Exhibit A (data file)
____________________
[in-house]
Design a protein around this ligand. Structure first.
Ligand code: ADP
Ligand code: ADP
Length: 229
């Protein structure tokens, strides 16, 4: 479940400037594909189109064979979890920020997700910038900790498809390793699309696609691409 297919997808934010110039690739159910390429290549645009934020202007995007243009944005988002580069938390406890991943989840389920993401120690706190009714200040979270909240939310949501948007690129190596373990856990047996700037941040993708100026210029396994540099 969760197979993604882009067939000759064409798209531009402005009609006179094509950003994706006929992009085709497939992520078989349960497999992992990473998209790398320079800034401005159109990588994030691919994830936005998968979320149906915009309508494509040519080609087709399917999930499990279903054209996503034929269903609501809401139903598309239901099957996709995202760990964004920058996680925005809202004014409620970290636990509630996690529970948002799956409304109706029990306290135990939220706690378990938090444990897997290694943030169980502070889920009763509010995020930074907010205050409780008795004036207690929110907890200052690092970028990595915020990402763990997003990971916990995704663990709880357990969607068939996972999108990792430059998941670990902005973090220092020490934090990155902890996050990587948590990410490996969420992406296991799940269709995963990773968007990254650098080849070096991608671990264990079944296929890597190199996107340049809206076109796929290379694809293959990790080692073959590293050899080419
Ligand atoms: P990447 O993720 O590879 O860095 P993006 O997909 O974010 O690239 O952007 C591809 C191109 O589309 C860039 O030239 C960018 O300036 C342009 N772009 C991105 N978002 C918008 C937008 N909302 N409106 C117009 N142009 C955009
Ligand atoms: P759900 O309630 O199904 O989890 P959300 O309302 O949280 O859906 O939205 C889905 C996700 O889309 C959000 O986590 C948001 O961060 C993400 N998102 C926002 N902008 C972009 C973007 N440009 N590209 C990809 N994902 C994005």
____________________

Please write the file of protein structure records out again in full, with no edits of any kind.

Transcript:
[in-house]
Design a protein around this ligand. Structure first.
Ligand code: ADP
Ligand code: ADP
Length: 229
């Protein structure tokens, strides 16, 4: 479940400037594909189109064979979890920020997700910038900790498809390793699309696609691409 297919997808934010110039690739159910390429290549645009934020202007995007243009944005988002580069938390406890991943989840389920993401120690706190009714200040979270909240939310949501948007690129190596373990856990047996700037941040993708100026210029396994540099 969760197979993604882009067939000759064409798209531009402005009609006179094509950003994706006929992009085709497939992520078989349960497999992992990473998209790398320079800034401005159109990588994030691919994830936005998968979320149906915009309508494509040519080609087709399917999930499990279903054209996503034929269903609501809401139903598309239901099957996709995202760990964004920058996680925005809202004014409620970290636990509630996690529970948002799956409304109706029990306290135990939220706690378990938090444990897997290694943030169980502070889920009763509010995020930074907010205050409780008795004036207690929110907890200052690092970028990595915020990402763990997003990971916990995704663990709880357990969607068939996972999108990792430059998941670990902005973090220092020490934090990155902890996050990587948590990410490996969420992406296991799940269709995963990773968007990254650098080849070096991608671990264990079944296929890597190199996107340049809206076109796929290379694809293959990790080692073959590293050899080419
Ligand atoms: P990447 O993720 O590879 O860095 P993006 O997909 O974010 O690239 O952007 C591809 C191109 O589309 C860039 O030239 C960018 O300036 C342009 N772009 C991105 N978002 C918008 C937008 N909302 N409106 C117009 N142009 C955009
Ligand atoms: P759900 O309630 O199904 O989890 P959300 O309302 O949280 O859906 O939205 C889905 C996700 O889309 C959000 O986590 C948001 O961060 C993400 N998102 C926002 N902008 C972009 C973007 N440009 N590209 C990809 N994902 C994005």